Coalshaw Green Park - [4.15 hectares] was opened in 1911. Contains a children's playground, bowling green, pavilion, etc.
Crossley Playing Fields - public open land, available for amateur football teams. Changing facilities available.
Fitton Park - [0.45 hectares] was opened in 1922, as a memorial to Councillor James Fitton, for 28 years a member of the former Chadderton Urban District Council. This small park contains a bowling green and pavilion with billiard/snooker table.
Foxdenton Park - [5.26 hectares] was opened in 1922, and contains the restored Foxdenton Hall, which dates from 1700, but which was erected on the ground floor of an earlier 1620 hall. The park contains two bowling greens, tennis courts, ornamental lake, and children's playground. Adjacent to the park is the Albert Taylor Memorial Playing Fields available for amateur football teams. Changing facilities available.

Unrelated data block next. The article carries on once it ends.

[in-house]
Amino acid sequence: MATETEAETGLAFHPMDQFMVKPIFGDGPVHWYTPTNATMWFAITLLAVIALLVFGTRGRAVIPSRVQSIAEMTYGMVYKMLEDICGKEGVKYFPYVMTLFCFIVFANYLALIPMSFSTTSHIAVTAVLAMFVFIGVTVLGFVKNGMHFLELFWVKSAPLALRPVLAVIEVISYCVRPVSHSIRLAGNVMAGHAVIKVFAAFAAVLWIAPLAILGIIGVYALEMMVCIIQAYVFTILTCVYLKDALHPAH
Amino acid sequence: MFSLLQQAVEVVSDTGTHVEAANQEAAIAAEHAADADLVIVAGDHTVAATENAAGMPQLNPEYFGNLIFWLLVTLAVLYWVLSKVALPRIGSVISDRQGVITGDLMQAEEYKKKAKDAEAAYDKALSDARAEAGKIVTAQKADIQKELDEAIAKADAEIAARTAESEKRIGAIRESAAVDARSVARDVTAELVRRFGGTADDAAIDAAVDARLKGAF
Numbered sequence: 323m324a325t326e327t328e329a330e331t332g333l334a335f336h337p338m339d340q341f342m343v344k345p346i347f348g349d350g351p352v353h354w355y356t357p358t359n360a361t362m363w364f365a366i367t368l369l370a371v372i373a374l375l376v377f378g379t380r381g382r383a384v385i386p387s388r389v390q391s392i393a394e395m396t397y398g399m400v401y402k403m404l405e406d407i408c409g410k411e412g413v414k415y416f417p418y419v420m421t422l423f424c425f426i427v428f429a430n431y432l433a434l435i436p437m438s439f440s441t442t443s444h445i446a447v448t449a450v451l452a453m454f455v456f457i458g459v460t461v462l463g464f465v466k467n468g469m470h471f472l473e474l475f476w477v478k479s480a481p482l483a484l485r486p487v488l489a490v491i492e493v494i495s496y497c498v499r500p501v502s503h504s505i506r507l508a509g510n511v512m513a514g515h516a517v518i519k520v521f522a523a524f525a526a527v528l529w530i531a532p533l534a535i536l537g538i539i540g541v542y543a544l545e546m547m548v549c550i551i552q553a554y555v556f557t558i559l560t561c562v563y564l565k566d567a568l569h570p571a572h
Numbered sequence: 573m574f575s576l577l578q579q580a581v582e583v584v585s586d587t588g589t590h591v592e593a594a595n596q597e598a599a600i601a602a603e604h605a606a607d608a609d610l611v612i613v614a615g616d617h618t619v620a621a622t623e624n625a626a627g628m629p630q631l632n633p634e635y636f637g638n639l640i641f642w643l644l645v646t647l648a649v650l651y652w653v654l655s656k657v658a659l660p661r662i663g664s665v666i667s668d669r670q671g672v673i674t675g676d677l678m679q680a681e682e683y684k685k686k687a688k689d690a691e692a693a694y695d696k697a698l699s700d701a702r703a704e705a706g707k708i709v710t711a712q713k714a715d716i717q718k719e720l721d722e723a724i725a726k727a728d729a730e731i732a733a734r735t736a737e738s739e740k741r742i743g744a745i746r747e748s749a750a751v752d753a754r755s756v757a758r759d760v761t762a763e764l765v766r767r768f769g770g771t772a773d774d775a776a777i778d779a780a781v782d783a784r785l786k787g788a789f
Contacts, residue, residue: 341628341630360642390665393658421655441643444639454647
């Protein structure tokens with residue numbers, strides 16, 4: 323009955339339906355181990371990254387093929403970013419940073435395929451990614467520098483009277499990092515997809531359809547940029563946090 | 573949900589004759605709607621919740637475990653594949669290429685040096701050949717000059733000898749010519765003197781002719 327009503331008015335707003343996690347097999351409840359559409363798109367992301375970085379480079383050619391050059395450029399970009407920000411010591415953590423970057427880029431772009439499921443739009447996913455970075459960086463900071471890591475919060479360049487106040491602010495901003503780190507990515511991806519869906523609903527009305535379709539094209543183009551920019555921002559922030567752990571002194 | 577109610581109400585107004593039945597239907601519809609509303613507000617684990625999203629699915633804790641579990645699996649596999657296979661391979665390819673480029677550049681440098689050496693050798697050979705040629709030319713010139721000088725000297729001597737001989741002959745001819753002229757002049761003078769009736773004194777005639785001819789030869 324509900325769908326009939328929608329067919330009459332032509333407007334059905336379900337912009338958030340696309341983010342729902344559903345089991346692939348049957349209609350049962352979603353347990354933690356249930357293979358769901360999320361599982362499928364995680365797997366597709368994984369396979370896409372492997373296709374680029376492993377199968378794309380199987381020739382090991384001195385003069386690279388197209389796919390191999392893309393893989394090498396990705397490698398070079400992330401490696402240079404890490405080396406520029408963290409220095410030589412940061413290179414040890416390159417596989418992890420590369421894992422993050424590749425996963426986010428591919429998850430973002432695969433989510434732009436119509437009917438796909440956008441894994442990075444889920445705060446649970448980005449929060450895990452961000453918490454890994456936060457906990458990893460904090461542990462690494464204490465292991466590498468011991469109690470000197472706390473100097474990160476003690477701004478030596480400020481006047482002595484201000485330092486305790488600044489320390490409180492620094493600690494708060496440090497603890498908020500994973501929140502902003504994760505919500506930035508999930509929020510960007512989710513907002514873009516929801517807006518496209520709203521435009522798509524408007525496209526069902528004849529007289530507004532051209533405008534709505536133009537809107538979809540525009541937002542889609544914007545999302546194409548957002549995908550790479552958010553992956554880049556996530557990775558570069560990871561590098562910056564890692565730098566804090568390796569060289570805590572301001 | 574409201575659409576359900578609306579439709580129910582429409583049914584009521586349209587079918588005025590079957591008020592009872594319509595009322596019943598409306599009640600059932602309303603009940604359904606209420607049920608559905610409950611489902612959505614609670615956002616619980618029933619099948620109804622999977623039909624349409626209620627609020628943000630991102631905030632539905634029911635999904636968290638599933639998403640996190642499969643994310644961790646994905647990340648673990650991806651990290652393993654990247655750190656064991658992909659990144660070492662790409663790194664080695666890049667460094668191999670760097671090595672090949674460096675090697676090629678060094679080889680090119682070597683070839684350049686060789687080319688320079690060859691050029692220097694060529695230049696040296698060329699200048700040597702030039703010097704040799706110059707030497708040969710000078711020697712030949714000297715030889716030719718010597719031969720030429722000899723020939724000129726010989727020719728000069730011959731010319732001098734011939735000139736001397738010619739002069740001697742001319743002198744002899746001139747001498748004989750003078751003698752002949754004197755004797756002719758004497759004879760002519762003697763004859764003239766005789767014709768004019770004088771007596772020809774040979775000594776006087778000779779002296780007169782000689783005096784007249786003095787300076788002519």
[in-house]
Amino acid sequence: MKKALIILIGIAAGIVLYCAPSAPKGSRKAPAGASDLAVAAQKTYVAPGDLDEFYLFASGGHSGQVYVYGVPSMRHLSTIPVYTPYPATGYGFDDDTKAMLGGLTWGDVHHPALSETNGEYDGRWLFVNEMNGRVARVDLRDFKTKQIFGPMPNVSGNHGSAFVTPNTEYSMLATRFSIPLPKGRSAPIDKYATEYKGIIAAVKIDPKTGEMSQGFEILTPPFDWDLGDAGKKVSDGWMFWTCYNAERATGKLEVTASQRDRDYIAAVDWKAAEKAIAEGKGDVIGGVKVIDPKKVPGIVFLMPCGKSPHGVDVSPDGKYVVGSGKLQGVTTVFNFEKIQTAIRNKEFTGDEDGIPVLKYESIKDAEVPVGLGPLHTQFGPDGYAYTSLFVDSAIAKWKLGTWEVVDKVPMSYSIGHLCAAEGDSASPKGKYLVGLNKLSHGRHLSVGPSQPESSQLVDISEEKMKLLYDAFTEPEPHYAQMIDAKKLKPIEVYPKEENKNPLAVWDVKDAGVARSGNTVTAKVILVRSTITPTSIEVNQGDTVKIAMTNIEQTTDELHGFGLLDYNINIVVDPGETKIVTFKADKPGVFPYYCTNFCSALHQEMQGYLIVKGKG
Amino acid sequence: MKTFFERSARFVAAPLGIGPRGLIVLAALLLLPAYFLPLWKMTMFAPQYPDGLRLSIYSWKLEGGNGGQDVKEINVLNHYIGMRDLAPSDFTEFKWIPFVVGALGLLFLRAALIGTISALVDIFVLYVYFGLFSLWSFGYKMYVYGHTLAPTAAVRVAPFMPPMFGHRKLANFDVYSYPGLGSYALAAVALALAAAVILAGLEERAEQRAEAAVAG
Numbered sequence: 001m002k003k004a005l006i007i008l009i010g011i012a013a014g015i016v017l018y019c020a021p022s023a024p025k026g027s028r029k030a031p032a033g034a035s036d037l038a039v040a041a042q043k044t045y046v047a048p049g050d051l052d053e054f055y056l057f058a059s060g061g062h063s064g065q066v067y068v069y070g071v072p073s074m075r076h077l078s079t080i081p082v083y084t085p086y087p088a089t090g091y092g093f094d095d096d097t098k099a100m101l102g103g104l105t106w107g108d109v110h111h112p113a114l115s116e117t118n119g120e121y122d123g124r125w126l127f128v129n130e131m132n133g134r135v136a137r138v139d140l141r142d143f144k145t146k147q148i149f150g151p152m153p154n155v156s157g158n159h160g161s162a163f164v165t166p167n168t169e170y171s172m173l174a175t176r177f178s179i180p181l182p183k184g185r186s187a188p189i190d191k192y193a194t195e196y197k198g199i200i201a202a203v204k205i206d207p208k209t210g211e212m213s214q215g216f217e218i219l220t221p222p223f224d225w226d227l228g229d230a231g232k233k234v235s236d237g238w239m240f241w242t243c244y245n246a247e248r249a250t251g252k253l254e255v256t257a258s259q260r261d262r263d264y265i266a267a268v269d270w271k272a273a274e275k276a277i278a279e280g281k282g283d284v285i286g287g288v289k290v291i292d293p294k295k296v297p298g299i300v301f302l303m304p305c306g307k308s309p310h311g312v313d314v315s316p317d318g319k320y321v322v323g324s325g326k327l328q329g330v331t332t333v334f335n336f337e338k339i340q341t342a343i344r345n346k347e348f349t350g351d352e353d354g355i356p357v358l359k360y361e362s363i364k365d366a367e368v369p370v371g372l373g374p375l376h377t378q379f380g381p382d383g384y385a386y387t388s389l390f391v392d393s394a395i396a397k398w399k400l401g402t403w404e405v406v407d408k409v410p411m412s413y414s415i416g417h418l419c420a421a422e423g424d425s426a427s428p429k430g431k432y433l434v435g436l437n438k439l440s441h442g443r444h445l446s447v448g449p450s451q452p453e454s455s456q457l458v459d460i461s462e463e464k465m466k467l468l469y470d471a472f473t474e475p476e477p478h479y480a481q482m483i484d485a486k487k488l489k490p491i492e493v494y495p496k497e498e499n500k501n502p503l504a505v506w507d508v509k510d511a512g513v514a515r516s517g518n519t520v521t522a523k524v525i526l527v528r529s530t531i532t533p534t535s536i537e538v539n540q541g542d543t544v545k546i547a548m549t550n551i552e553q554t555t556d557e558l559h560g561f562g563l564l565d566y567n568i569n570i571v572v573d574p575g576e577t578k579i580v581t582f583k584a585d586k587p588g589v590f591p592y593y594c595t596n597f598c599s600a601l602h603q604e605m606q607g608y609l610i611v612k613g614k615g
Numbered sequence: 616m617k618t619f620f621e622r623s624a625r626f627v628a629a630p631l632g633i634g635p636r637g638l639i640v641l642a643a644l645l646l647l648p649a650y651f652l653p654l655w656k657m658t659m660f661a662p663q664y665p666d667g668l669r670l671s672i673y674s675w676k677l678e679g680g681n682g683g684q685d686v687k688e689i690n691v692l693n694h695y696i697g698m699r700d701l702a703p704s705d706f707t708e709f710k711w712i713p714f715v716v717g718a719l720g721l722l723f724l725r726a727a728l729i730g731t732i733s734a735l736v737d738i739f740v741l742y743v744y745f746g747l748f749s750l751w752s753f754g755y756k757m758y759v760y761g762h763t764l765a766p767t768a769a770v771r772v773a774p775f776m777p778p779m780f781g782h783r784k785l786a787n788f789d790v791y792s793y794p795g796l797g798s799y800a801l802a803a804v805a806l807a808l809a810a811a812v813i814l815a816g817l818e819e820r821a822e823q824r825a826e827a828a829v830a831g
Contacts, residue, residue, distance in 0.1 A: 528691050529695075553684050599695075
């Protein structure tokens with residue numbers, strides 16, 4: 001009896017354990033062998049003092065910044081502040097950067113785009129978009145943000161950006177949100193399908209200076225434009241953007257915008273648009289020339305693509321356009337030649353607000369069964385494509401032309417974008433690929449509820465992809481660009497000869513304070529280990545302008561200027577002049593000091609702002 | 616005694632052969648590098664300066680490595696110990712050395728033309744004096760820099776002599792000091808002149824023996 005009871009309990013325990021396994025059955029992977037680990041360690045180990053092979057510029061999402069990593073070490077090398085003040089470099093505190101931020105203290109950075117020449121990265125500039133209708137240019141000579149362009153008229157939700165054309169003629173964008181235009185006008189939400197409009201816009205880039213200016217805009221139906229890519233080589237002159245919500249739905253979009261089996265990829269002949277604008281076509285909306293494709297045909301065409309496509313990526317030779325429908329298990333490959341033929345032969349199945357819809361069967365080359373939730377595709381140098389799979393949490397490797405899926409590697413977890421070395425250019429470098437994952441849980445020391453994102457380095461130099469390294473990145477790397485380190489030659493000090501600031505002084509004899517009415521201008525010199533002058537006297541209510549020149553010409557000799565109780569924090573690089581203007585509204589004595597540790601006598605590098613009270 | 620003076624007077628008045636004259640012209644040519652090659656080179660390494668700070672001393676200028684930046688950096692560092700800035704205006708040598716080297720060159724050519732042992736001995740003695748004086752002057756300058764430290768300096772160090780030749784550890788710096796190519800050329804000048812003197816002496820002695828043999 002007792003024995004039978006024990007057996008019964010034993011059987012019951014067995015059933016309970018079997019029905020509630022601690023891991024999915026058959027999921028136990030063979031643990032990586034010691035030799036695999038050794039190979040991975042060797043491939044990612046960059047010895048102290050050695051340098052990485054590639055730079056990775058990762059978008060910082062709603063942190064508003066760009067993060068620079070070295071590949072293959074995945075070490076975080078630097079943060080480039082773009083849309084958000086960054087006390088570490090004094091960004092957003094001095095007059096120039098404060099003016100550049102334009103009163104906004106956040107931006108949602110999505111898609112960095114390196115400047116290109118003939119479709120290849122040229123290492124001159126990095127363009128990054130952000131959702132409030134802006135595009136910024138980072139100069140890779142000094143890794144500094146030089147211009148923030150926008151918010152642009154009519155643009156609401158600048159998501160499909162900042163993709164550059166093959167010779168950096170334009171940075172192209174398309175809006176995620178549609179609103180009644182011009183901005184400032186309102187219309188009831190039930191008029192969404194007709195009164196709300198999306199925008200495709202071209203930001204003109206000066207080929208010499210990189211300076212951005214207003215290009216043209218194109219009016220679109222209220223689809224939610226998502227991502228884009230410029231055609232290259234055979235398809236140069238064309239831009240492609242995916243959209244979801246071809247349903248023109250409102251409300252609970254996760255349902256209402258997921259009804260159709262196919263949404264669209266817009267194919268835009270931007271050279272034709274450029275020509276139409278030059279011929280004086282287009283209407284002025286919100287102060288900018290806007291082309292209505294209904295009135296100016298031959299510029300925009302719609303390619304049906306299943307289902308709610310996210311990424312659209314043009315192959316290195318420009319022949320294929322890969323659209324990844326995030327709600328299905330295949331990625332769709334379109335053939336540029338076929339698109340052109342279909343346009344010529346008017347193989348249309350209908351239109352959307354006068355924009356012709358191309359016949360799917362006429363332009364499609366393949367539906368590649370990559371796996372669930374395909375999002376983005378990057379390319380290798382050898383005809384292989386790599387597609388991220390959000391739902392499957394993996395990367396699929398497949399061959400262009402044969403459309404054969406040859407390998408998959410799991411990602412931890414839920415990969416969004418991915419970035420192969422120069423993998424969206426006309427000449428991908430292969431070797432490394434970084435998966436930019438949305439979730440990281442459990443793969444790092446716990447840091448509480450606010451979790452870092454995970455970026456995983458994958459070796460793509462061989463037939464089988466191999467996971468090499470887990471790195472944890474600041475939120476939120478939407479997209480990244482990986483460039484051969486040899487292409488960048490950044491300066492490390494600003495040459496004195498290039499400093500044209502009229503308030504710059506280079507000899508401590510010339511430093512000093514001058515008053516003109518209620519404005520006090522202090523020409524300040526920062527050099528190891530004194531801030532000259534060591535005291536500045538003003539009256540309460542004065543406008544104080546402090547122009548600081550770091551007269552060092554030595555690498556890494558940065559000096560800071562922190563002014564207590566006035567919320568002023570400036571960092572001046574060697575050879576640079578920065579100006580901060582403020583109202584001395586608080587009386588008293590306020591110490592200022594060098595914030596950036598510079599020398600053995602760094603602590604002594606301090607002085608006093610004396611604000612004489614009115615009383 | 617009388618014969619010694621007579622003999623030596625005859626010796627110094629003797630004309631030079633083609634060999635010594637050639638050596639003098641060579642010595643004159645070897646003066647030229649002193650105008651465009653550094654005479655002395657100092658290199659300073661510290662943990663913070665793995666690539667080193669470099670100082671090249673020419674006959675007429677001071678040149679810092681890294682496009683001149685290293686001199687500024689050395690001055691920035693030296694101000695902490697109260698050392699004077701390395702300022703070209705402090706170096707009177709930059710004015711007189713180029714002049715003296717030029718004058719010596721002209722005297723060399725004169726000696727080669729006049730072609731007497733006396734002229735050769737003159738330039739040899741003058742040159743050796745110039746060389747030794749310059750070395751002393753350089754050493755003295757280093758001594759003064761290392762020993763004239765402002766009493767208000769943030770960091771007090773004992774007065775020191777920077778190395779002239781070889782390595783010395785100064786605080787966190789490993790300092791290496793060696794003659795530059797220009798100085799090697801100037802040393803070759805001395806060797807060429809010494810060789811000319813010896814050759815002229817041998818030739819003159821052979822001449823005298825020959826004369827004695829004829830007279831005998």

Princess Park - a small recreational ground, with nature reserve. Recently renovated.
St. George's Square - a small recreational area with bowling green and pavilion.
Council Housing - Chadderton Area Office 0161 911-4603/5
Chadderton Cemetery 0161 624-2301
Index Page | Schools Local History Projects| News of the Year,| History of Local Gov. Chadderton | Members of Parliament | Long Serving Councillors | Sponsors: Christmas Lights | Worship and Education | The Constitution | Chadderton Hall | Foxdenton Hall | Chadderton Cotton Industry | Programmes of Events To Date | Heritage Centre | Membership/CHS Publications. | Favourite Links | Henry Taylor | Peterloo Massacre | Lydia Becker,Suffragist | Sir Philip Sidney Stott | Geoff Tootill - Baby Computer | Current Newsletter | Secretary's Report| Avro History | Chadderton Listed Buildings | Family History & Research | Visitors Guide to Chadderton. |
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Last Modified: 16/05/2011 Copyright Chadderton Historical Society 1999-2011